Friday, July 1

Left challenges Pelosi while Biden’s hopes are in limbo


(CNN) — An extraordinary day and night of heartbreaking tension, failed deals in the last hour, and bitter mistrust among liberal and moderate Democrats left President Joe Biden’s vast domestic agenda in dangerous limbo.

Progressive Democrats on Thursday defied fierce pressure from House Speaker Nancy Pelosi and refused to pass a $ 1 trillion bipartisan infrastructure bill, wielding new influence in a bid to secure trillions more. in the broadest social spending plan in a whole generation.

It’s a rare day that Pelosi can’t control her group. But the veteran Speaker of the House, viewed in awe by many members for her vote-counting skills, adopted a high-risk strategy of trying to force a vote on the first stage of Biden’s prospective agenda. The infrastructure bill, which is the centerpiece of Biden’s outreach to Republicans and his call for national unity, pours tens of billions of dollars into railroads, highways, airports and bridges.

But in open defiance of their authority, progressives stood firm in their refusal to vote on the bill without Senate action on a $ 3.5 trillion complementary transformation of health care, education and social programs. Despite frenzied late-night attempts to forge a framework for that package involving Senate Democratic leader Chuck Schumer, White House officials and two moderates – Senators Joe Manchin of West Virginia and Kyrsten Sinema of Arizona – there an agreement could be reached. That forced Pelosi to finally abandon her push to hold a vote Thursday, and lawmakers will return for more calculated risks on Friday.

But the way forward remains deeply uncertain, and dramatic scenes like Thursday’s only exacerbate doubts about whether Democrats can use their control of Congress and the White House to effectively wield power ahead of next year’s midterm elections. .

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Indeed, an extraordinary day of rhetorical duel between the Capitol House and Senate sides may have deepened the impasse. For example, one result of all the recriminations was that Manchin publicly reiterated that he was not willing to exceed $ 1.5 trillion for the spending package, a figure well below what the Progressive Democrats and Biden believe is necessary. .

Manchin has previously indicated that his cap was $ 1.5 trillion, notably in an interview on CNN’s “State of the Union” on September 12, meaning that the Senate leadership has known his position for at least weeks. That raises questions about what exactly Schumer did to try to persuade the West Virginia senator to change his mind, or to alert Democratic House leaders to impending trouble.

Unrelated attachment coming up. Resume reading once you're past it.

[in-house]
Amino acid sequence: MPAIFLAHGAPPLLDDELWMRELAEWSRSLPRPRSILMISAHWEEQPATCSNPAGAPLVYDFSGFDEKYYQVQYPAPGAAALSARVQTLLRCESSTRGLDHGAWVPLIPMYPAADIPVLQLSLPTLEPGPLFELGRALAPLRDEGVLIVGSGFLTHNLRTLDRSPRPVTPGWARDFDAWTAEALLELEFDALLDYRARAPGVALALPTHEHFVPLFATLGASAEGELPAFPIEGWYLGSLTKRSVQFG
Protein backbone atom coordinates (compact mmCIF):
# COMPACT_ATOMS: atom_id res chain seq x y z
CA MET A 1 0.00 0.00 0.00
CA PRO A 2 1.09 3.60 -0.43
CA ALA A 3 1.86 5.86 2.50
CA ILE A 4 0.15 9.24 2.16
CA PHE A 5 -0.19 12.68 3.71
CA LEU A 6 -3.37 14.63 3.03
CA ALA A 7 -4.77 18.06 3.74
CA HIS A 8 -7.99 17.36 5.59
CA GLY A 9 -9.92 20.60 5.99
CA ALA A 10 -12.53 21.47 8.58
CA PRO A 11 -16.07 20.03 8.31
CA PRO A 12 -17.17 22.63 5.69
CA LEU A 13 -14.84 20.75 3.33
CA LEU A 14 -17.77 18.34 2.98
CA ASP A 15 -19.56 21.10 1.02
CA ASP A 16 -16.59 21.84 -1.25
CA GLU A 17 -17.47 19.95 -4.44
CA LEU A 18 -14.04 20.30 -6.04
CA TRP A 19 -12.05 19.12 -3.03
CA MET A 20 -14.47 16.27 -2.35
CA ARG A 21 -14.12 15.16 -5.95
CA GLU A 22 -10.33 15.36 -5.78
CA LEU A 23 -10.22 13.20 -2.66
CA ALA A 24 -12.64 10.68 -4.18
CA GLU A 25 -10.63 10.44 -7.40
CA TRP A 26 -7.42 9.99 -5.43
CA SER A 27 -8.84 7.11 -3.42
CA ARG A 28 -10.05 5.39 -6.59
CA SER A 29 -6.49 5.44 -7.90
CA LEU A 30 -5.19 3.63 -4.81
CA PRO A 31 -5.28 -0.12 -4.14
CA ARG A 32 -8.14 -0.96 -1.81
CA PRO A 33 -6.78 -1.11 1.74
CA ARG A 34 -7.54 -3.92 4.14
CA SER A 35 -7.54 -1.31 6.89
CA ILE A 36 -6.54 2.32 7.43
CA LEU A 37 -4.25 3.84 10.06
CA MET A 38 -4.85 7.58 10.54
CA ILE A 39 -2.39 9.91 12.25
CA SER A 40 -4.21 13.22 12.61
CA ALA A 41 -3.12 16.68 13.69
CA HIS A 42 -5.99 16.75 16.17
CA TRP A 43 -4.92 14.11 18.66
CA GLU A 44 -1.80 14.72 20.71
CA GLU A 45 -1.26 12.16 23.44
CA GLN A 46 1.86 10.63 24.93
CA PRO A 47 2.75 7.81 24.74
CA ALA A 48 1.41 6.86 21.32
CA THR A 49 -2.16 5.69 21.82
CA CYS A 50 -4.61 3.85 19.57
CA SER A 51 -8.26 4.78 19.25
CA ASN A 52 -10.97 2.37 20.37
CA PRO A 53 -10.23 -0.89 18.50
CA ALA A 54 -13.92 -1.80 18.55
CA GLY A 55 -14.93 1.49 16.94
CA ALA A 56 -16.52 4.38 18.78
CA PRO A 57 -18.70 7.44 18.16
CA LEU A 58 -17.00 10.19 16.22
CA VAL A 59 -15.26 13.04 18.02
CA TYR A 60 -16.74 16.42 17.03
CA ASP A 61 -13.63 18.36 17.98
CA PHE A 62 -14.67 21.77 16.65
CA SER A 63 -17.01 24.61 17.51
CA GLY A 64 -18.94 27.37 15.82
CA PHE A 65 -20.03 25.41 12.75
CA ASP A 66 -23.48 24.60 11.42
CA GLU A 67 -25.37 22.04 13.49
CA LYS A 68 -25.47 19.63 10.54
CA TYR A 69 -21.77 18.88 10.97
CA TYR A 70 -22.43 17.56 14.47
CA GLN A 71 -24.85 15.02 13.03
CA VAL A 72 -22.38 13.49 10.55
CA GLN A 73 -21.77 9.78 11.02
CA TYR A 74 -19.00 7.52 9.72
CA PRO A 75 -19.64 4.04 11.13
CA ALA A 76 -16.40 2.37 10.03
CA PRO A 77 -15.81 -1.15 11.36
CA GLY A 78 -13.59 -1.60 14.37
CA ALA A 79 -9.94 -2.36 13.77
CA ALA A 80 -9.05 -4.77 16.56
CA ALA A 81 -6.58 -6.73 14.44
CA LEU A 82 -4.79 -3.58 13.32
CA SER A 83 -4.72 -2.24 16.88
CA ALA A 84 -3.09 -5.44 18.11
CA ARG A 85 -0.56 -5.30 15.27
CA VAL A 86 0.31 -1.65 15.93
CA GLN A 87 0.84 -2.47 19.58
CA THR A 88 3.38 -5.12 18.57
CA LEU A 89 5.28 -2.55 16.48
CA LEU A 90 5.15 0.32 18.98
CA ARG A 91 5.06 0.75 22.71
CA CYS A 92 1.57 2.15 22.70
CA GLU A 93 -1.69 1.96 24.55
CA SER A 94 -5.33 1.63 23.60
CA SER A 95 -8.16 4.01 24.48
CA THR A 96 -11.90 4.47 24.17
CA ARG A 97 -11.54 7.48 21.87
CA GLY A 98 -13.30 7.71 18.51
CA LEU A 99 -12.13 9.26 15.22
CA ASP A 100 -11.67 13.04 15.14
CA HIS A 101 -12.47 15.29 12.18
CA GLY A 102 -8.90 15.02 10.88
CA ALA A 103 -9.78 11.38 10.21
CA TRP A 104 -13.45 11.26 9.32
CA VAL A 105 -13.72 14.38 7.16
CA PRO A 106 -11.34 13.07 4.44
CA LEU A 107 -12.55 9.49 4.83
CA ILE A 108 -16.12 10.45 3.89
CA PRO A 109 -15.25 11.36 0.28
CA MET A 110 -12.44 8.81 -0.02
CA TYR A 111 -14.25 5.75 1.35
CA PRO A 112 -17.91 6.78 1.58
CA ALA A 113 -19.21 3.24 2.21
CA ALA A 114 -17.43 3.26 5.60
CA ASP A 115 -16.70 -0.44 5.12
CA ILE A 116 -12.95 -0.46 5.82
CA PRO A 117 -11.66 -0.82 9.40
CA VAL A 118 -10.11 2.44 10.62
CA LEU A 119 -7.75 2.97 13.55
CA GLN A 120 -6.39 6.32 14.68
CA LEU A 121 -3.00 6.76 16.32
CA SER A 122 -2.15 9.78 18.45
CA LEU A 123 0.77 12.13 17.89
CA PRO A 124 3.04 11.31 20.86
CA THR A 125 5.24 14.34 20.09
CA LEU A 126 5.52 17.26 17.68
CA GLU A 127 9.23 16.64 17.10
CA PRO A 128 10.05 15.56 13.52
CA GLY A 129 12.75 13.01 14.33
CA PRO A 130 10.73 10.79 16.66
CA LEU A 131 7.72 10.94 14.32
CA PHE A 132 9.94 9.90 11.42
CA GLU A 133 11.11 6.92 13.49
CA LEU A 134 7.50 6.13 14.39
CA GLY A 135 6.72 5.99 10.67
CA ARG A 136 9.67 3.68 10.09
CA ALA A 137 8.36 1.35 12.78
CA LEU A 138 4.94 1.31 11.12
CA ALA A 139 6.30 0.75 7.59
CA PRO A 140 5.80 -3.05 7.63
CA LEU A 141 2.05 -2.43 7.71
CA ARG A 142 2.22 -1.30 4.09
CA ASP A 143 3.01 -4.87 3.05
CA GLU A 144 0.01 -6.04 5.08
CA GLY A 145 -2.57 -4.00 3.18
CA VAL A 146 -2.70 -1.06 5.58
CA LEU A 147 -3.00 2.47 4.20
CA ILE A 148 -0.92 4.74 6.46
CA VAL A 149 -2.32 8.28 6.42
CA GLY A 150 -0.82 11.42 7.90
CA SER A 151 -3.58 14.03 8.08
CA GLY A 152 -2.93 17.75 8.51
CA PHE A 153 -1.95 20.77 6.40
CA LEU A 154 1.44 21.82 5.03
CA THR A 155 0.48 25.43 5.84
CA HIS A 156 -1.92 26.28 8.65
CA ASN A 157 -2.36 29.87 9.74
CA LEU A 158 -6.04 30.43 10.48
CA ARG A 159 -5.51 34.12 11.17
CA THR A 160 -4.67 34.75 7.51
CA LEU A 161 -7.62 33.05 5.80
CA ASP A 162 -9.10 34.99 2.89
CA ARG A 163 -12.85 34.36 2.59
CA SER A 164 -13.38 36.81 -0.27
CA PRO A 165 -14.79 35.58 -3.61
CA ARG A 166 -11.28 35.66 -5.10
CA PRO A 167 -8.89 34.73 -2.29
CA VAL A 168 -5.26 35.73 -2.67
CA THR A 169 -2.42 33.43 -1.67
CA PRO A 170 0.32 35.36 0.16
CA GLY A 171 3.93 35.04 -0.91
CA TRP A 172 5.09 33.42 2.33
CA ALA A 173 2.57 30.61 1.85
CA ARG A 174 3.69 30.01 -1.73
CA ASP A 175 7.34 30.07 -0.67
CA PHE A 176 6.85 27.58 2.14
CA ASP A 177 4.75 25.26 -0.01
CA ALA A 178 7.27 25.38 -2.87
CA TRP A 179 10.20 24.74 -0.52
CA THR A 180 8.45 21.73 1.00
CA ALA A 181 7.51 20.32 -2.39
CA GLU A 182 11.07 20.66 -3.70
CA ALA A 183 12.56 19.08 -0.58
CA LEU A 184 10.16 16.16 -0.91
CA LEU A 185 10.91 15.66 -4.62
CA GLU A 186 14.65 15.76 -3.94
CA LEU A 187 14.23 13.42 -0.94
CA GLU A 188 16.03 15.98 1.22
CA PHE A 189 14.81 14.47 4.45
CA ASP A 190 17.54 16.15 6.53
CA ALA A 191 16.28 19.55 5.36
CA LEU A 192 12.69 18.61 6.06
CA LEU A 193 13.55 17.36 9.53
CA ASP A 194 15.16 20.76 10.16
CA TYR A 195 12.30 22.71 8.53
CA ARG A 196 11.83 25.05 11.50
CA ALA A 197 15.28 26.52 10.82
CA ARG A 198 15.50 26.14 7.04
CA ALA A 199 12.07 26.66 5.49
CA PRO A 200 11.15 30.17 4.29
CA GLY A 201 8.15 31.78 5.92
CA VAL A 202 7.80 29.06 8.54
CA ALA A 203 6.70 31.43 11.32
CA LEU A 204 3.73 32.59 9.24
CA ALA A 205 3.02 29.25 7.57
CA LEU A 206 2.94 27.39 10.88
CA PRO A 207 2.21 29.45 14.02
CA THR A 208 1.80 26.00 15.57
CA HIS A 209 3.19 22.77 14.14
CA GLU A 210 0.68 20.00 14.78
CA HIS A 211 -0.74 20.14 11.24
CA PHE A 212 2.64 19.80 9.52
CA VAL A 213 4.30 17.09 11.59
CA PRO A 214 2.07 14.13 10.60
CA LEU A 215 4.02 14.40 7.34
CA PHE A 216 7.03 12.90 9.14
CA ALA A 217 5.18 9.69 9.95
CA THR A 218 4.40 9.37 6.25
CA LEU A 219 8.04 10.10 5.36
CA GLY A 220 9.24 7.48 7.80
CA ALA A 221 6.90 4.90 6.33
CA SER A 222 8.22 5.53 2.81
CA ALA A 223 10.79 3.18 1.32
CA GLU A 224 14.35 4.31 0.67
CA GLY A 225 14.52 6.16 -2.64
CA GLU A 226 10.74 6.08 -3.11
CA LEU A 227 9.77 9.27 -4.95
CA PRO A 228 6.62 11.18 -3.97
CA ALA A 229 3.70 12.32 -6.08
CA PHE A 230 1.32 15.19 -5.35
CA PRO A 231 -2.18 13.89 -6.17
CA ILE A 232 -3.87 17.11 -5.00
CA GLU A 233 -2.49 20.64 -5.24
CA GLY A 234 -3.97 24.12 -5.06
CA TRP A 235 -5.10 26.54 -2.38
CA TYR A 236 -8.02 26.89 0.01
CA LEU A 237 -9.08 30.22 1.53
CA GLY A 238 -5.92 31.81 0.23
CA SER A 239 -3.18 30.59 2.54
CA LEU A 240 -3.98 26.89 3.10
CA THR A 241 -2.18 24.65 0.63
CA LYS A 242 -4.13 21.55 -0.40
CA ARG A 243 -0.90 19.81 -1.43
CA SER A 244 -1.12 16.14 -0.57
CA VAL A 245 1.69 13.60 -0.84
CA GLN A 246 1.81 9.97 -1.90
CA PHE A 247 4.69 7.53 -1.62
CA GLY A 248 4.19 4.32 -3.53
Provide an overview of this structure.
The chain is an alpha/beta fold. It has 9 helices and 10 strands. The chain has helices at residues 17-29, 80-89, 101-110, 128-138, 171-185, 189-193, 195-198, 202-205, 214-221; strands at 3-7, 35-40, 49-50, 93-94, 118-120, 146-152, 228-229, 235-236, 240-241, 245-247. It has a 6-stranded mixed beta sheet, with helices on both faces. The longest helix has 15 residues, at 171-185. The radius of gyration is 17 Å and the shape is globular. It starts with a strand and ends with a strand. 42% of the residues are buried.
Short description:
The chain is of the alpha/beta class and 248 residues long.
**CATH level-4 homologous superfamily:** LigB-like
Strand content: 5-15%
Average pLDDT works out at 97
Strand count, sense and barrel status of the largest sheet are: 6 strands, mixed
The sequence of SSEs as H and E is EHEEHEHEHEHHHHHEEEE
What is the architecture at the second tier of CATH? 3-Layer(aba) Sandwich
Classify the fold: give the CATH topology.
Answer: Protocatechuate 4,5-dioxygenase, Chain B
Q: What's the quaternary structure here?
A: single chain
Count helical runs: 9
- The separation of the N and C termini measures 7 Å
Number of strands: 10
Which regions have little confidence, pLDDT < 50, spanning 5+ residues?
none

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Manchin’s position casts doubt on the fate of the spending plan and, by extension, the infrastructure bill, as progressives won’t back it without getting what they want in social spending and climate change. The stalemate also exacerbates a series of crises facing Democrats in Congress. They managed to avoid disaster, a government shutdown, after Biden signed an interim federal funding bill through early December. But Democrats have yet to raise the government’s borrowing cap in the coming weeks, as Republicans refuse to help even at the risk of triggering a government default that could spell disaster for the American economy.

A turning point for the left

Thursday’s tumultuous events had the feeling of a turning point in the Democratic Party. The strength of progressive House members, working in partnership with Vermont Senator Bernie Sanders, the man behind the $ 3.5 trillion plan as chairman of the Senate Budget Committee, was the culmination of years of construction. of power.

In the past, as in the effort to convert the Affordable Care Act under Barack Obama, Pelosi has been able to lean on more progressive members of the caucus to vote for a measure that falls short of her ideals. But the left did not withdraw on Thursday, which could point to a new dynamic in the party.

Pelosi’s decision to push for a vote on the infrastructure bill, which few of her leadership team publicly thought she could pass, is now likely to be widely questioned. Pelosi, using all her years of experience and influence, seemed convinced that she could bend her bench to her will. At one point, when asked about his last minute arm torque situation, he described it as “constant revitalization.”

But failing to carry out the scheduled vote will surely weaken her authority and, in the short term at least, may lessen the mystique surrounding the Speaker of the House.

The attempt to secure an overnight agreement by Sinema and Manchin on a package that could satisfy the liberal members of the House always seemed doomed. And it infuriated at least one of the major players, Sanders, who denounced him and also at Pelosi’s intense effort to impose the infrastructure bill.